The migration and invasion assays were performed using a QCM 24-Well Cell Invasion Assay kit with 8-µm membranes (EMD Millipore). The cells (1×105 cells/well) in 150 µl serum-free medium were seeded into the upper chamber. The same medium containing IL-8 was used as a chemoattractant in the lower chamber. Following culture for 48 h at 37°C, the upper surface of the Transwell membrane was wiped gently with a cotton swab to remove non-migrating cells. Those cells that had invaded to the lower surface of the membrane were fixed in methanol and stained with 0.1% crystal violet solution, followed by image capture and counting under an inverted microscope.

Detection of the mRNA expression levels of CXCR1, CXCR2 and IL-8 by reverse transcription (RT)-semi-quantitative PCR

The hepatic mRNA expression levels of CXCR1, CXCR2 and CXCL8 were assessed by RT-qPCR analysis. The details were as follows: Total RNA of the tissue samples was extracted from cells using TRIzol (Invitrogen; Thermo Fisher Scientific, Inc.) according to the manufacturer's protocol. The reverse transcription reaction was performed using the RevertAid First Strand cDNA Synthesis kit. Equal quantities of cDNA were submitted to PCR in the presence of SYBR Green Real-time PCR Master mix (Toboyo Life Science) and run in a real-time PCR detection machine with ABI 7500 PRISM (Applied Biosystems, Sunnyvale, CA, USA). The PCR conditions were as follows: Initial denaturation at 94°C for 5 min, followed by 30 cycles of 94°C for 30 sec, annealing at a temperature in accordance with the primer sequence for 30 sec, and then 72°C for 30 sec, with a final extension at 72°C for 10 min. The PCR products were analyzed using 2% agarose gel electrophoresis, stained with ethidium bromide and visualized under UV illumination. Realtime qPCR analysis was performed with specific primers for CXCR1, CXCR2 and CXCL8 (Table I). The housekeeping gene GAPDH was used as an internal control. Densitometry analysis was performed using Quantity One software (version 4.62; Bio-Rad Laboratories, Inc.).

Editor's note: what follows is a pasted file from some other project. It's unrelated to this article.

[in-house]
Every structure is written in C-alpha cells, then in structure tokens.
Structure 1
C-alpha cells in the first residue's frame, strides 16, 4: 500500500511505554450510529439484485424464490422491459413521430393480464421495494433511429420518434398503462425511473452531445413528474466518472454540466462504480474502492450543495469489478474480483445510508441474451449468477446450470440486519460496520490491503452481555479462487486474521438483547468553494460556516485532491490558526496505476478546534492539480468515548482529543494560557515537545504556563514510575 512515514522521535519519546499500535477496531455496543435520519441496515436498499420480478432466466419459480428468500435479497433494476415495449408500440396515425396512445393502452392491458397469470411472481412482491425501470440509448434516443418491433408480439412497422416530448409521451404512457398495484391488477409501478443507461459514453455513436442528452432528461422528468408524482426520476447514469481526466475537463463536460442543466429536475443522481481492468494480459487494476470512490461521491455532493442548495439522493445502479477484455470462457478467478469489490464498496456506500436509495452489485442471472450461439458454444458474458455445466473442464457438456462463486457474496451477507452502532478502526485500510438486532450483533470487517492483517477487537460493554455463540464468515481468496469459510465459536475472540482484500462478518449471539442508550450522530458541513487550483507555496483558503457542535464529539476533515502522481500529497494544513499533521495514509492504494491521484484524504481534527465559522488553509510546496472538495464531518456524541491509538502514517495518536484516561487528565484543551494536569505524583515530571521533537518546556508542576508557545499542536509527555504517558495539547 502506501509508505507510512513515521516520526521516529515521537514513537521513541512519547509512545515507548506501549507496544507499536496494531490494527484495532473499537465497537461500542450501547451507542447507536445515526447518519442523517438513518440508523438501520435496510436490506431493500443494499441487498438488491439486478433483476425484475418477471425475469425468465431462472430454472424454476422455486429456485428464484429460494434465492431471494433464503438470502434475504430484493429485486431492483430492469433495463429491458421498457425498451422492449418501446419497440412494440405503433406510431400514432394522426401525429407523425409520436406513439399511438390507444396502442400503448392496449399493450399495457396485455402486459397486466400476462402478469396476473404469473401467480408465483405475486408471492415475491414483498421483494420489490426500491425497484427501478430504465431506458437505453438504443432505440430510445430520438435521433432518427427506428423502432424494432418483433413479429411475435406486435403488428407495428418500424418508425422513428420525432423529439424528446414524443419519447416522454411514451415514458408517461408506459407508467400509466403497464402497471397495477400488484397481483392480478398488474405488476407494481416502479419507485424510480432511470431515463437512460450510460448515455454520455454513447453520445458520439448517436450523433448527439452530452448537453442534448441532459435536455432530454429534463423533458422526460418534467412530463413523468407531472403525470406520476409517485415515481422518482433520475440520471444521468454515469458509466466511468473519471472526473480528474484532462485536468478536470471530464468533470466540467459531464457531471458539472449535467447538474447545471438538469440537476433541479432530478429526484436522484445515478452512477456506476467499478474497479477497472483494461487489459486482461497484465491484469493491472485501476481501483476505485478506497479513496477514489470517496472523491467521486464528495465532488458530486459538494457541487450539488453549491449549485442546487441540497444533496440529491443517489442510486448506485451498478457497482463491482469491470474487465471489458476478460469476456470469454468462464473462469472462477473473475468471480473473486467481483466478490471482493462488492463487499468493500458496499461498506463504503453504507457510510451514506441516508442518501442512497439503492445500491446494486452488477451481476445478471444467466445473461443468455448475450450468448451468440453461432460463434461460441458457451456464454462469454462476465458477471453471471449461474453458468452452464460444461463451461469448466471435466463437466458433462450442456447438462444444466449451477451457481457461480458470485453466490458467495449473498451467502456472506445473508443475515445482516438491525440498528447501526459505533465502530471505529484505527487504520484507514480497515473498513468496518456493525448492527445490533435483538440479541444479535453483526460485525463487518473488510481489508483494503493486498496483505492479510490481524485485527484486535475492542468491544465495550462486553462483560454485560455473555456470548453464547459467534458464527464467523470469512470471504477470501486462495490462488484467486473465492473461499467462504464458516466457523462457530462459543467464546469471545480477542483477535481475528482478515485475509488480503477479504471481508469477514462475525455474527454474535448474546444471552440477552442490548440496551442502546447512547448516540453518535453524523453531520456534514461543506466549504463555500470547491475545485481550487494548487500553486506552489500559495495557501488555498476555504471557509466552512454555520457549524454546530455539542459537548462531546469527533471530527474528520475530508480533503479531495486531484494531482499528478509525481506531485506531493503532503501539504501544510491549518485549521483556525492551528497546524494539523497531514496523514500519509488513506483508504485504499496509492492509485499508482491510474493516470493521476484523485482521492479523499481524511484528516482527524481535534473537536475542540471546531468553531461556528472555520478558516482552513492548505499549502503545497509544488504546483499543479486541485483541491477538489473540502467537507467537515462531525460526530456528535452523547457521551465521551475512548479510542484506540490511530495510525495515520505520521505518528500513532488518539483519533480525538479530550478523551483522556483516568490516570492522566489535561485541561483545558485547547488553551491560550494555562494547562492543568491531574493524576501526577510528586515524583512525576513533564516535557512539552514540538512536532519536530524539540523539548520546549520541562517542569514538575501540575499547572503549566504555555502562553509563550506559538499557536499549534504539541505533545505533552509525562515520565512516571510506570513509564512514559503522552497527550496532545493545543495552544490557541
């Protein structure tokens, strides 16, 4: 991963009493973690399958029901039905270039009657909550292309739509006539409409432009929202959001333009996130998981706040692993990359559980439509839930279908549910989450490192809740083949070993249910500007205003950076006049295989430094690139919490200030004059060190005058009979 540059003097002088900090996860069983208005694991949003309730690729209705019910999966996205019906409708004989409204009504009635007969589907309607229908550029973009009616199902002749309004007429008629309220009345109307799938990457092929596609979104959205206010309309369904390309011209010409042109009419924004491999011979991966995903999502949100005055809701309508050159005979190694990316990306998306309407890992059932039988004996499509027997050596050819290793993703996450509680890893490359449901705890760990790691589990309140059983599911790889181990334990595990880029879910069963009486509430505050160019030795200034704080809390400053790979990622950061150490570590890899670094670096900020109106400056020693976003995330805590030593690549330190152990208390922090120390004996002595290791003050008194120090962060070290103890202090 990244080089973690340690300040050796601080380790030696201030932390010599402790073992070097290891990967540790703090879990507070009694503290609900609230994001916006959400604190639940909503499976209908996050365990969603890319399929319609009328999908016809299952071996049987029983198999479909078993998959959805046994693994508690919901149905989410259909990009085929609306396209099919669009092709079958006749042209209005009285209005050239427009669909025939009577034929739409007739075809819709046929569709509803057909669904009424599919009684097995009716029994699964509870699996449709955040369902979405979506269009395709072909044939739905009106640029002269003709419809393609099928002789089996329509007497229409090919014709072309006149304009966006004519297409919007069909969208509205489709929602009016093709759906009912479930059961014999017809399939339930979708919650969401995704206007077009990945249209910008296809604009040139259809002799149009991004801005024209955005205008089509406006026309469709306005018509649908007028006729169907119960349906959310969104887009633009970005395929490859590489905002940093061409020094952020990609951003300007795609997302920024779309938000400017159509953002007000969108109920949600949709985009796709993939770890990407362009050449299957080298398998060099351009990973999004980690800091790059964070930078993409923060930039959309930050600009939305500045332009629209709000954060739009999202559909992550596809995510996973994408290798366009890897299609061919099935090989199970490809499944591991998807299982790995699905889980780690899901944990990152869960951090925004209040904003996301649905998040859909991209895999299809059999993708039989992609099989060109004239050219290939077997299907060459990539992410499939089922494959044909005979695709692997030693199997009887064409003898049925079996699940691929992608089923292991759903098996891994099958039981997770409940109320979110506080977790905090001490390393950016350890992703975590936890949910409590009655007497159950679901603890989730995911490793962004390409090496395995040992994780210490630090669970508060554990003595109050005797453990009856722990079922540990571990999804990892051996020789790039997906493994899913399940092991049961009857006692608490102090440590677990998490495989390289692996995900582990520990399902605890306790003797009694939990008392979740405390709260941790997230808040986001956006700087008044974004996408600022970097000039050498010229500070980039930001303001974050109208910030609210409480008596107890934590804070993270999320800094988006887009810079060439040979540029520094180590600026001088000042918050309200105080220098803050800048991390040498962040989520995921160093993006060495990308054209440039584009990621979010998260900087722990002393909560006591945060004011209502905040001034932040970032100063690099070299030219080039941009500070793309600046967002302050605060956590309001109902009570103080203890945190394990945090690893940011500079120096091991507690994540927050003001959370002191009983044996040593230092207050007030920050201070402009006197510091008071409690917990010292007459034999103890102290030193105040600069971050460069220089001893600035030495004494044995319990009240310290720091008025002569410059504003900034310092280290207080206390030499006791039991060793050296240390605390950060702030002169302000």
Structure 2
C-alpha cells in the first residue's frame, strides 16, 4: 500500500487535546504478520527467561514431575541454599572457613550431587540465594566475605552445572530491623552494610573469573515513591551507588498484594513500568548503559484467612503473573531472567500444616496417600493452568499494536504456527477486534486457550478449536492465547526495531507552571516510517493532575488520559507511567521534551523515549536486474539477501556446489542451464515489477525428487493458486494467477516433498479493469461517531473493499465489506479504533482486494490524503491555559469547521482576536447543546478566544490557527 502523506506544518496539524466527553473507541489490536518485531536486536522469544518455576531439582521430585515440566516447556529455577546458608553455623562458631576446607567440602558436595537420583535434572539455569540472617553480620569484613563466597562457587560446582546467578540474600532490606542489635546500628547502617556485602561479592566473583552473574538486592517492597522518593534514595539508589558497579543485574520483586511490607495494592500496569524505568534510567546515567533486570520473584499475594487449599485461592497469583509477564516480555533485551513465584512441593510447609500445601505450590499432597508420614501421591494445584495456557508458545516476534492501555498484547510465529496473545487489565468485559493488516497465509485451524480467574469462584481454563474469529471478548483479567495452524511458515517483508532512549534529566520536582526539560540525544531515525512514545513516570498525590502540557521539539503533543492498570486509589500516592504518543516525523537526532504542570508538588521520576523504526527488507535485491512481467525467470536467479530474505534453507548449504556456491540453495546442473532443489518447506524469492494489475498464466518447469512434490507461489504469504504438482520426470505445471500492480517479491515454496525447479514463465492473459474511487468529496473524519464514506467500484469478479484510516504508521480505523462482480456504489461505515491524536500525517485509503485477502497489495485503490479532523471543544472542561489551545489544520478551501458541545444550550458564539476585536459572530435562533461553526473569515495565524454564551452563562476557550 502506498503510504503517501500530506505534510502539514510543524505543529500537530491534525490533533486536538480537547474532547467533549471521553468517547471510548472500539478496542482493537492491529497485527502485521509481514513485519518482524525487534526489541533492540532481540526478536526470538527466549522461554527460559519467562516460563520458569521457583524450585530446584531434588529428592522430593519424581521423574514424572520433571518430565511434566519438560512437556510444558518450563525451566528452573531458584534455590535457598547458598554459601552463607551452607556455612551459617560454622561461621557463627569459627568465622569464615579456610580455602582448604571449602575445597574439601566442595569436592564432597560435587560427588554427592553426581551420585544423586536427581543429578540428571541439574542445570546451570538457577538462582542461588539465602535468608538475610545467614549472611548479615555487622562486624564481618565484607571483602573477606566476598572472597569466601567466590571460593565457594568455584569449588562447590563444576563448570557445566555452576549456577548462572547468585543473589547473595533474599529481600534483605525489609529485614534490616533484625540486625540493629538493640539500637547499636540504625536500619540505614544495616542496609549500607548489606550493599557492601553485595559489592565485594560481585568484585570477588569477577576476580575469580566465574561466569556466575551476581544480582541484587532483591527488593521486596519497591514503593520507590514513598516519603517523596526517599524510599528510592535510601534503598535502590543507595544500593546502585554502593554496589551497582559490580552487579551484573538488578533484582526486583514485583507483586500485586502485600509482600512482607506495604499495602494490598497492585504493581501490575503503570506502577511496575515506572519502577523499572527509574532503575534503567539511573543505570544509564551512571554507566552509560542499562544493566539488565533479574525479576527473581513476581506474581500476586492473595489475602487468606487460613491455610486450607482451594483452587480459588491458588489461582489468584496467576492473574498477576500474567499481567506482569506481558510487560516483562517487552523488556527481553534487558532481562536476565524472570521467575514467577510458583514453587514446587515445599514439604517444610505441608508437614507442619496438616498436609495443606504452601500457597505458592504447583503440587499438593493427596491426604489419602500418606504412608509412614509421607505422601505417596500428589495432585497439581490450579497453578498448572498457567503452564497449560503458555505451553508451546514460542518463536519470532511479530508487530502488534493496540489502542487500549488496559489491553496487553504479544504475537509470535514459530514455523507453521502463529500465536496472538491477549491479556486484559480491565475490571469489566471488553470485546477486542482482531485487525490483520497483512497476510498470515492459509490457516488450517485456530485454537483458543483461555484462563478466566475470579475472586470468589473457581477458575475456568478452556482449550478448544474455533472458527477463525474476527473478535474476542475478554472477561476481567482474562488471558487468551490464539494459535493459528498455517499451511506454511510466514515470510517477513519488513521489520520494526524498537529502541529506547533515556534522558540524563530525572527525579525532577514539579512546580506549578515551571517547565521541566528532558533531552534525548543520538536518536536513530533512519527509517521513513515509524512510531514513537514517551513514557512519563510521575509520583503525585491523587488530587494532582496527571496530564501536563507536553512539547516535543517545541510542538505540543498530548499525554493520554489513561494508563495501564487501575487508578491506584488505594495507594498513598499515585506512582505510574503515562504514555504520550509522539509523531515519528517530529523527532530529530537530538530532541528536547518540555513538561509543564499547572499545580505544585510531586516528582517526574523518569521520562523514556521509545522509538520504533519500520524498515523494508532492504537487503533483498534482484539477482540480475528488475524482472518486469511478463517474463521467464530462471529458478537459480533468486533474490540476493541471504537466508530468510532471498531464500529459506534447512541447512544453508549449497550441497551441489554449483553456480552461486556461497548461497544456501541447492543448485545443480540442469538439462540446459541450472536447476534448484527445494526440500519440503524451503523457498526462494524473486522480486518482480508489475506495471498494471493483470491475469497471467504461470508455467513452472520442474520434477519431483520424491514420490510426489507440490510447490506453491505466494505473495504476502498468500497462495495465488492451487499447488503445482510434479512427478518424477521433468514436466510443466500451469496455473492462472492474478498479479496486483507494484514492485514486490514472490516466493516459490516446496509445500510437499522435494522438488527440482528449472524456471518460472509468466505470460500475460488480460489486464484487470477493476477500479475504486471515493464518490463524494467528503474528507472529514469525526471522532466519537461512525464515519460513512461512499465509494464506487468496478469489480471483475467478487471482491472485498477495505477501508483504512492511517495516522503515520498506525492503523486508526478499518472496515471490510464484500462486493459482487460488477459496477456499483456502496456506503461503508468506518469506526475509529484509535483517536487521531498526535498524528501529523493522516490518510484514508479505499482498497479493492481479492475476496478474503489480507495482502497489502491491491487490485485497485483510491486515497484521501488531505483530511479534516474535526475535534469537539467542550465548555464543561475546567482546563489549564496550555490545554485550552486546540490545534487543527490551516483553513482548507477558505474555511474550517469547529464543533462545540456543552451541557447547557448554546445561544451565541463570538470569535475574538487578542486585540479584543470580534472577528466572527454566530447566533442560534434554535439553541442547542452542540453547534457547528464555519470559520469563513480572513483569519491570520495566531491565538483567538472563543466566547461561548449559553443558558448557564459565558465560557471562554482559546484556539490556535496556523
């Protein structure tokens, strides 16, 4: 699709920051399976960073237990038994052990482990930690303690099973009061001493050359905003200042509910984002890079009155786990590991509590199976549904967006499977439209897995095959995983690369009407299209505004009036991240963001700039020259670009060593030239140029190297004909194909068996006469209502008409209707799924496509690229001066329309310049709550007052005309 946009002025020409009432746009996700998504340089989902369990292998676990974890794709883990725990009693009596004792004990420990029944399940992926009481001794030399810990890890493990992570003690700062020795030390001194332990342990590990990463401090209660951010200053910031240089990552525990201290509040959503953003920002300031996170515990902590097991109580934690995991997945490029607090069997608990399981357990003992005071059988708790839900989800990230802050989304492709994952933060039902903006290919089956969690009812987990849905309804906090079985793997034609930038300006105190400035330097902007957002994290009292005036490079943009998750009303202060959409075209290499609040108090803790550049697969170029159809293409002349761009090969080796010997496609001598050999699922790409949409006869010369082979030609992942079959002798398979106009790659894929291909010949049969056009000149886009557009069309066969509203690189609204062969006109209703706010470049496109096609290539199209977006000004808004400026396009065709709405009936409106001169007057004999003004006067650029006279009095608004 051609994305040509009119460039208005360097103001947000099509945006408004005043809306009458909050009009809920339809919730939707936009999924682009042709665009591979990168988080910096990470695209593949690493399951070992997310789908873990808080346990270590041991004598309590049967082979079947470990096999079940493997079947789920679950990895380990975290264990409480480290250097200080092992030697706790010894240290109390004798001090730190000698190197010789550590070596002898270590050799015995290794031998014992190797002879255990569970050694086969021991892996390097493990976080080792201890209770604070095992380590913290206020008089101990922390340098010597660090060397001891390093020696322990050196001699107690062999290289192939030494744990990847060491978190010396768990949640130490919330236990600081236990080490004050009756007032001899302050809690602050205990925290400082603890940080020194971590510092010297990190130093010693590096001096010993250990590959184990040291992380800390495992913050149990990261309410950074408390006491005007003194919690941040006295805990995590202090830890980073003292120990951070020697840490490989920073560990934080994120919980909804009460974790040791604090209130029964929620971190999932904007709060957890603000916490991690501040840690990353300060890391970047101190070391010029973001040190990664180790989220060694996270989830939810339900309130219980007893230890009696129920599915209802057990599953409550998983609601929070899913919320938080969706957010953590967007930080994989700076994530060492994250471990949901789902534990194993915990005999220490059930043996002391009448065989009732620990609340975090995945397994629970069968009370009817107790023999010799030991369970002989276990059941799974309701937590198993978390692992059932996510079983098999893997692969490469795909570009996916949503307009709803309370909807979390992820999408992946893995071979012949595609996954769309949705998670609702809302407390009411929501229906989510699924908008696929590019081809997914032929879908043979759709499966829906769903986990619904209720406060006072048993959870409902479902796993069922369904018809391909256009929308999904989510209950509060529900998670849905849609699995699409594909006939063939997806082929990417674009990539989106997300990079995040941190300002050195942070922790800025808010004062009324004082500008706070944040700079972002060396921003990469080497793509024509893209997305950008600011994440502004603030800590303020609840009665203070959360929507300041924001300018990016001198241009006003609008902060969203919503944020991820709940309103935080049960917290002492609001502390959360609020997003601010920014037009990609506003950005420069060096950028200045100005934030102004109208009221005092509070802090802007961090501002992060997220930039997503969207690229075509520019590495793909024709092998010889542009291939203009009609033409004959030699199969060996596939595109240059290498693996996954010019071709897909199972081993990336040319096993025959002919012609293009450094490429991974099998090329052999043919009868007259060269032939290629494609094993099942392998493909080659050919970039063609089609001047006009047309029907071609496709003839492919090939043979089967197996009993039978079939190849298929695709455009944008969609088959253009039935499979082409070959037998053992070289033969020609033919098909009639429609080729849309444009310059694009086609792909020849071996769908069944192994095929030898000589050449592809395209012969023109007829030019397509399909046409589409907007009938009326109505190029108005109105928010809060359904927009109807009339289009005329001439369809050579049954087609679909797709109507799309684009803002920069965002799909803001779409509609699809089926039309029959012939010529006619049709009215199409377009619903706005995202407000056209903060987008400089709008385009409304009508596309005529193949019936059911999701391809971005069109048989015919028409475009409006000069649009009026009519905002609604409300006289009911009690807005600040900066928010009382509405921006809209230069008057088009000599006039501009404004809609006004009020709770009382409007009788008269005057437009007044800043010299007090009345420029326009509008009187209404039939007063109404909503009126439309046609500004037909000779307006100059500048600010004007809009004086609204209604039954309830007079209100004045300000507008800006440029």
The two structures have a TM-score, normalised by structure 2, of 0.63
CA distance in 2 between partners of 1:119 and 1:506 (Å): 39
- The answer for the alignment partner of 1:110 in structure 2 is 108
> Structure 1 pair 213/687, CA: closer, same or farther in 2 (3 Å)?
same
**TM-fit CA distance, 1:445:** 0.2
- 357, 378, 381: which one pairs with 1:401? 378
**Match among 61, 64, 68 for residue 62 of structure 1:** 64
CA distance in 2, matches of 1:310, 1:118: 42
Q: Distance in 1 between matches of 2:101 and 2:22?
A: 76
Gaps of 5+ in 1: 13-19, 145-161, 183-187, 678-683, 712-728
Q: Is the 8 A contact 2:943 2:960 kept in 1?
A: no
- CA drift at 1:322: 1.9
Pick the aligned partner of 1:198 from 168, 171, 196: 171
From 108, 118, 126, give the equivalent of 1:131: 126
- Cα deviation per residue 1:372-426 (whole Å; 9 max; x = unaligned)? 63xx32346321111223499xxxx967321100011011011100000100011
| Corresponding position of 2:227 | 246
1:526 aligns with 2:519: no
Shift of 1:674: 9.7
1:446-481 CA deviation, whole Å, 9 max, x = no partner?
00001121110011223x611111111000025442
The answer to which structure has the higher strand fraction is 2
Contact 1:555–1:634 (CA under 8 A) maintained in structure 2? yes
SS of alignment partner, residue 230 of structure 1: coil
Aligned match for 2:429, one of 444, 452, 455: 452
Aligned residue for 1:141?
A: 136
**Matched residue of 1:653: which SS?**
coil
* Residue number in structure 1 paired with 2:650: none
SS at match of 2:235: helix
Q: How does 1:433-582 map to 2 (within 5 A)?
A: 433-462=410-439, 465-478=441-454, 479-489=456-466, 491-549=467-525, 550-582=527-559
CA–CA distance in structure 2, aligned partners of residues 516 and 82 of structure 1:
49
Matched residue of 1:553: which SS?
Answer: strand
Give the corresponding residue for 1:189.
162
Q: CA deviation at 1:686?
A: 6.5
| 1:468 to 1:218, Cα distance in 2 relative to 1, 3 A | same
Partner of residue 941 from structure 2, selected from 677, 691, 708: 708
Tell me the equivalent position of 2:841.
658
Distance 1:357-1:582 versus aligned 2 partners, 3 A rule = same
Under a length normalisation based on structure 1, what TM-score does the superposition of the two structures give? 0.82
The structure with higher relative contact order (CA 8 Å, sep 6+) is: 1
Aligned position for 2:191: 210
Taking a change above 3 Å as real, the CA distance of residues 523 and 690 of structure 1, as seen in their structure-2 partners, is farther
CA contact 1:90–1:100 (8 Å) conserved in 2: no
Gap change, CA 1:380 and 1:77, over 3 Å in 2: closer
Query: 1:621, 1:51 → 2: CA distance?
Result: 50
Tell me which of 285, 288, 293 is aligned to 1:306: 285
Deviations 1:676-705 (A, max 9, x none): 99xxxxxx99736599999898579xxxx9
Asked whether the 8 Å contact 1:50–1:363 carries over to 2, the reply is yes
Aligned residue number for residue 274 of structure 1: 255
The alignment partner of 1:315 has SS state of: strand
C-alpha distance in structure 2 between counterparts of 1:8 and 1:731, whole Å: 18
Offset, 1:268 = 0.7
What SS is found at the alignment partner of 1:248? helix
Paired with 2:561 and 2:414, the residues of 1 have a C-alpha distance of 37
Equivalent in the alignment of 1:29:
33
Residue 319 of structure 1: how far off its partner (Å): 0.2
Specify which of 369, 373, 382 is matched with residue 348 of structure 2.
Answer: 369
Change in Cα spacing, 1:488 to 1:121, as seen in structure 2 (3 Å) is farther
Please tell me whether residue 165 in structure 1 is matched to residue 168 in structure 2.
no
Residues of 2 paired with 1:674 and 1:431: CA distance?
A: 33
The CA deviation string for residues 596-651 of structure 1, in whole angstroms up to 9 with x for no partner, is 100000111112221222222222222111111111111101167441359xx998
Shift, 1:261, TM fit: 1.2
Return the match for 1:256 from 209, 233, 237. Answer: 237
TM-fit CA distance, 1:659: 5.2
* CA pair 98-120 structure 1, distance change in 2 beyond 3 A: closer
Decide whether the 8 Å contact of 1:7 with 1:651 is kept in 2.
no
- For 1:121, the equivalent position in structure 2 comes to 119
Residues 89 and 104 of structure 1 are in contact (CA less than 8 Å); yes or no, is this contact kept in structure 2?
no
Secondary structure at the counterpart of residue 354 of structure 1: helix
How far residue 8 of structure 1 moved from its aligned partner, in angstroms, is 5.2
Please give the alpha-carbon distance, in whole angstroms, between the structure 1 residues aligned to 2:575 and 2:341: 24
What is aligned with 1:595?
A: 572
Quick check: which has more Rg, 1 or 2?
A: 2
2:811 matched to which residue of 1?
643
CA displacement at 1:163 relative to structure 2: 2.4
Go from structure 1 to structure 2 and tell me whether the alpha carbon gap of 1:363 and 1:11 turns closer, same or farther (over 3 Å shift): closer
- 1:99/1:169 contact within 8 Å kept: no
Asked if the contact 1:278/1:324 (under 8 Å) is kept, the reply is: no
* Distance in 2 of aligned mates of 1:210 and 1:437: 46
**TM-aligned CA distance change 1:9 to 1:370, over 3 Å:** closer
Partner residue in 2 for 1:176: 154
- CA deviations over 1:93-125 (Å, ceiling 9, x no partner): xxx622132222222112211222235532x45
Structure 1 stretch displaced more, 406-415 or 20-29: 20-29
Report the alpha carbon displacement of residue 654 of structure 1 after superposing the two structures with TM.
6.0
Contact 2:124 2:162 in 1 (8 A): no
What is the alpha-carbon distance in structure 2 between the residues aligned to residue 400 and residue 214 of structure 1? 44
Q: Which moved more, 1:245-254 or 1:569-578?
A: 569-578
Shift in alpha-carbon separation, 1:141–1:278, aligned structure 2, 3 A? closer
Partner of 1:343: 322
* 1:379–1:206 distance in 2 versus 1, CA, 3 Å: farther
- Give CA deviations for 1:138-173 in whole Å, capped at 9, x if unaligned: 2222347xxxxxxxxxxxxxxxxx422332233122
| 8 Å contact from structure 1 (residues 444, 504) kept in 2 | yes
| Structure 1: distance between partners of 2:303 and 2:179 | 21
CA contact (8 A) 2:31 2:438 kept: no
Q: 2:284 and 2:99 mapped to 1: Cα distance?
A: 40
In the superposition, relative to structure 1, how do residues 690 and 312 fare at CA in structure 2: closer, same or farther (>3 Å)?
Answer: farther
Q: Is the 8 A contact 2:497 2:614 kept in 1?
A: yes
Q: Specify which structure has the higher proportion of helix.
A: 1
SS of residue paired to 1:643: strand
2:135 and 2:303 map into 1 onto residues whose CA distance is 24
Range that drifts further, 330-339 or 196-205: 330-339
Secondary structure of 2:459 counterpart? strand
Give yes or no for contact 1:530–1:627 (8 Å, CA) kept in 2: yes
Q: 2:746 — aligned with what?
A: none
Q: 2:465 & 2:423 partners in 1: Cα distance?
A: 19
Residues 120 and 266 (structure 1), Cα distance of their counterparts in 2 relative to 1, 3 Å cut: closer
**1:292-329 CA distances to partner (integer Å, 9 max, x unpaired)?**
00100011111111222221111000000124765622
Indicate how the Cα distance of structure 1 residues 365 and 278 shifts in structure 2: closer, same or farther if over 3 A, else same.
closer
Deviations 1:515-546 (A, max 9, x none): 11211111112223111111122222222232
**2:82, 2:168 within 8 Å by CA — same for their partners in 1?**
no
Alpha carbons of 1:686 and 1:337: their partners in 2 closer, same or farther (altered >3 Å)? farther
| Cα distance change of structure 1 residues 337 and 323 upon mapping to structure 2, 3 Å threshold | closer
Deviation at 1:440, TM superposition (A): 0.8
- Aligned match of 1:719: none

Table I.

Primer sequences of CXCR1, CXCR2 and GAPDH.

Table I.

Primer sequences of CXCR1, CXCR2 and GAPDH.

GeneSense (5→3)Antisense (5→3)Length (bp)
CXCR1 CAGATCCACAGATGTGGGAT AGCAGCCAAGACAAACAAACTT468
CXCR2 CTTTTCTACTAGATGCCGC AGATGCTGAGACATATGAATTT417
IL-8 CTTTGTCCATTCCCACTTCTGA TCCCTAACGGTTGCCTTTGTAT306
GAPDH ACCACAGTCCATGCCATCAC TCCACCACCCTGTTGCTGTA452

[i] CXC chemokine receptor; IL-8, interleukin-8.

Western blot analysis